The Legislature of 1854 took the first step in the right direction, by enact in a law separating the office of Superintendent of Public Instruction from the office of Secretary of State, and creating a separate education department of the government. Under this law, Gov. Matteson appointed Hon. Ninian W. Edwards State Superintendent of Common Schools. In January following, he submitted to the General Assembly a full report upon the condition of the public schools throughout the State, urged the education of the children of the State at the public expense, and presented a bill for a complete system of free schools, which, with some changes, became a law. The act was passed on the 15th of February, 1855, and embraced all the essential features of the law now in force.
It is questionable whether any other State in the Union has a better educational system than that developed in Illinois during the past twenty-five years. It is well adapted to the wants and conditions of the people, and fully up to the spirit of the age in which we live. It is within that period that all the schools and schoolhouses have been established in Mason County that amount to anything worthy of being proud of. The writer of this is gratified with the reflection that, as a member of the State Senate, he helped to pass the laws which inaugurated the free-school system of Illinois, notwithstanding the abuse that was heaped upon him for doing it by those who could not see or appreciate the beneficence of the system.
There is yet an advance step to be made to complete the system, and that is the adoption of the compulsory feature. Parents who will not voluntarily send their children to school should be made to do so by the mandates of the law; and the time is near at hand when it will be so enacted, and when every child in Illinois shall have the benefit of at least a rudimentary education.
Those who are especially jealous of their rights oppose compulsory education on account of its interference with their precious liberty, not thinking that the law which compels them to pay taxes, work roads, serve on juries, do military duty and many other disagreeable things, is just as much of an entrenchment upon their liberty to do as they please as it would be to compel them to send their children to school; besides, the liberty to bring up children in ignorance and vice is one of those things that ought to be interfered with and prevented if possible.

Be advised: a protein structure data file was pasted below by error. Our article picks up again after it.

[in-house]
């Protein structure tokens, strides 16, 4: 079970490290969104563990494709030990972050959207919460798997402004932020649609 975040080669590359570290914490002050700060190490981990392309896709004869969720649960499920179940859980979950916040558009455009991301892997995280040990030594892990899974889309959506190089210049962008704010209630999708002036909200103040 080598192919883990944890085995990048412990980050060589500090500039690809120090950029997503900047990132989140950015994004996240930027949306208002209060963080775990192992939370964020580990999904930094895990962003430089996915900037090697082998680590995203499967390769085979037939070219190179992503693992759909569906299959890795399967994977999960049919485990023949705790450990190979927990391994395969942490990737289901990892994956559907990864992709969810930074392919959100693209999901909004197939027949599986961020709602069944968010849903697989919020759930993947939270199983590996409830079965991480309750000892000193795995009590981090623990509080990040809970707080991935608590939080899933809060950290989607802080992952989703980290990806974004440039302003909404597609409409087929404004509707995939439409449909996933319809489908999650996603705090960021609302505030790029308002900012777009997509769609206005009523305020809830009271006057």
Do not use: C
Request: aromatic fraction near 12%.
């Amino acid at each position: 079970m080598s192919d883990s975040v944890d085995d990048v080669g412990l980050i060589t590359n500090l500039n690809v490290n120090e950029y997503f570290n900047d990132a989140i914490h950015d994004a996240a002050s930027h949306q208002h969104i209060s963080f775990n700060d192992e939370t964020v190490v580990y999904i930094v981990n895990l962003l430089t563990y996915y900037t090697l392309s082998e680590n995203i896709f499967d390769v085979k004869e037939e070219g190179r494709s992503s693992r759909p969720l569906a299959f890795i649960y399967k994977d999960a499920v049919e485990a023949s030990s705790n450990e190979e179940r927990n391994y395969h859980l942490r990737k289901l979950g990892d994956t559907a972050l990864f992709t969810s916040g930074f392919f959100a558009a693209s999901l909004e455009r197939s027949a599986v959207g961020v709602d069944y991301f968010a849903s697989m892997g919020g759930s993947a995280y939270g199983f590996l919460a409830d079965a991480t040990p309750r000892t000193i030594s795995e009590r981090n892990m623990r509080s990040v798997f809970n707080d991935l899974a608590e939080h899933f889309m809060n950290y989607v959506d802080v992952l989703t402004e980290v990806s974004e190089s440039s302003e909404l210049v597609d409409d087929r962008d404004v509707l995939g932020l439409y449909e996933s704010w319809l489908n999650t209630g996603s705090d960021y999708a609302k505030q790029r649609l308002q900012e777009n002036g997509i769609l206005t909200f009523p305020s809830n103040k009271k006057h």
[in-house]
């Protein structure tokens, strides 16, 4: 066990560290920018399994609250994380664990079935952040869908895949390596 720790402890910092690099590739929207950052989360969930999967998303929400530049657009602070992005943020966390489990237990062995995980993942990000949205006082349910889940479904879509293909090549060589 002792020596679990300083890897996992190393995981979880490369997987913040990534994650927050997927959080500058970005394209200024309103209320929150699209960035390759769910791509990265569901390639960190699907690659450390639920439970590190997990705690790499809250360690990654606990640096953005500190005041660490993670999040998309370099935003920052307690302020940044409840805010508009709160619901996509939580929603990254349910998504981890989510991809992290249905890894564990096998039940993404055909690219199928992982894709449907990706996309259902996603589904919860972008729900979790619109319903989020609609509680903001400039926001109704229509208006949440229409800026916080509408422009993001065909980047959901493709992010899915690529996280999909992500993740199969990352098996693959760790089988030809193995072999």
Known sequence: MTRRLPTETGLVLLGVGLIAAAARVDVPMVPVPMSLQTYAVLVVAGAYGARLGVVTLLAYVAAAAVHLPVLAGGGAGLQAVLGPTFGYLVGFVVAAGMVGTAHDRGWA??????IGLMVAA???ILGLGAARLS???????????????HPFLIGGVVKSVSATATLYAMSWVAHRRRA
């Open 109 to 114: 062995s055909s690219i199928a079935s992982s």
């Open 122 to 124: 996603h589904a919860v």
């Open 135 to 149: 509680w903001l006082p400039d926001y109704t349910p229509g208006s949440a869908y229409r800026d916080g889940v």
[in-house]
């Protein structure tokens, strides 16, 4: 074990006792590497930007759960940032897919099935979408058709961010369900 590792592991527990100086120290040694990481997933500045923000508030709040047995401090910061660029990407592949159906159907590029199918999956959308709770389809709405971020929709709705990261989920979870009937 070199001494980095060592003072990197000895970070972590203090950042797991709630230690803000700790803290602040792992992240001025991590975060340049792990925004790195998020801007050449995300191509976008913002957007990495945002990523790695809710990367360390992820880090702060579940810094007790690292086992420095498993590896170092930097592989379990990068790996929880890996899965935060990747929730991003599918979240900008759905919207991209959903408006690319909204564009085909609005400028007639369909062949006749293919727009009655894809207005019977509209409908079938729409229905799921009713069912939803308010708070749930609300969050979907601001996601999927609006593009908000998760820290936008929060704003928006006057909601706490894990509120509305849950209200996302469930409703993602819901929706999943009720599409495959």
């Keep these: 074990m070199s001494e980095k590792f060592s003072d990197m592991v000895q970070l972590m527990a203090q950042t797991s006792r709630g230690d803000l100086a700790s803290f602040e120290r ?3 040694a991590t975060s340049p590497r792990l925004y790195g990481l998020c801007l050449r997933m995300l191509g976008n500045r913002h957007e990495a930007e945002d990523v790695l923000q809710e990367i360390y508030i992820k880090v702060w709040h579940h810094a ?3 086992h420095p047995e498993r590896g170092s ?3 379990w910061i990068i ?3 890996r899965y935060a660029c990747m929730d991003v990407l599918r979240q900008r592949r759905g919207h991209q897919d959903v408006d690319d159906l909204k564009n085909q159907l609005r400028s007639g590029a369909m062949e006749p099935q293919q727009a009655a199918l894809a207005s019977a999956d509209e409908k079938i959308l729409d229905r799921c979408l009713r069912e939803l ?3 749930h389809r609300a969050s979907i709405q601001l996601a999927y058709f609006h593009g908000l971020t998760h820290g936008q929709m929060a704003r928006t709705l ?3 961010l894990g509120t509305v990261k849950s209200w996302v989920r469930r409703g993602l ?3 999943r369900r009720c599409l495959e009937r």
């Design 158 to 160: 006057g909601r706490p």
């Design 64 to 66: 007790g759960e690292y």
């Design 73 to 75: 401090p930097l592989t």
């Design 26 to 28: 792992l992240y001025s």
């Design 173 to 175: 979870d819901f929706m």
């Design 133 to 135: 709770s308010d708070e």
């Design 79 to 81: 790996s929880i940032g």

A government that depends upon the intelligence of the people for its existence must use the necessary means to compel the education of the masses, or go to destruction.
The way to carry out the grand idea in the Declaration of Independence-to make all men free and equal-is to do it through universal education. The unlettered man can not be the equal of the educated man, nor can he have a free and fair race in the pursuit of happiness, handicapped by ignorance.
Another step, which is to be a tremendous stride in the direction of universal and cheap education, is yet to be made. It is the simplification of the uses of letters in spelling and forming words, so that the English language may be rapidly and cheaply learned by children and those of other tongues. This great reform has long been advocated by wise and thoughtful men, and is now actively inaugurated. There is a class of professional educators who wish to make a monopoly of their profession by making our language so hard to learn that it takes years of labor and mints of money to acquire it; but this class must in time give way to wiser and better men. Many of the nonsensical, useless, which and fraudulent letters that have marred our beautiful language and made it a stumbling-block to children and foreigners, have already been dropped out of the places they have wrongfully occupied in hard and crooked words, that cost so much to learn.
When the English language becomes purified and made plain and easy to learn, it will become the universal language of the world.
The Church in the past ages assumed to be the special patron of education, and, as a part of that education, the religious dogmas of the day were engrafted upon the untutored infant mind, the cunning priest well understanding that "just as the twig is bent, the tree's inclined."
That time has passed by with us, thanks to the liberty-loving intelligence of our people. We have lived to see
"The Church and State, that long had held
There are school edifices in Havana, Bath, Mason City and Easton that are justly the pride of the people of their respective localities.
The Havana Schoolhouse was built in 1875, at a cost of $30,000. Mr. Thomas W. Catlin, a graduate of Yale College, has held the position of Superintendent of Havana schools for the past two years, with general satisfaction. The present efficient School Board consists of Capt. Jacob Wheeler, J. R. Foster and H. W. Lindly.
With the following statistics which we have obtained from Mr. Badger, County Superintendent of Schools, we close the chapter on education.
Mason History Index
Every Name Index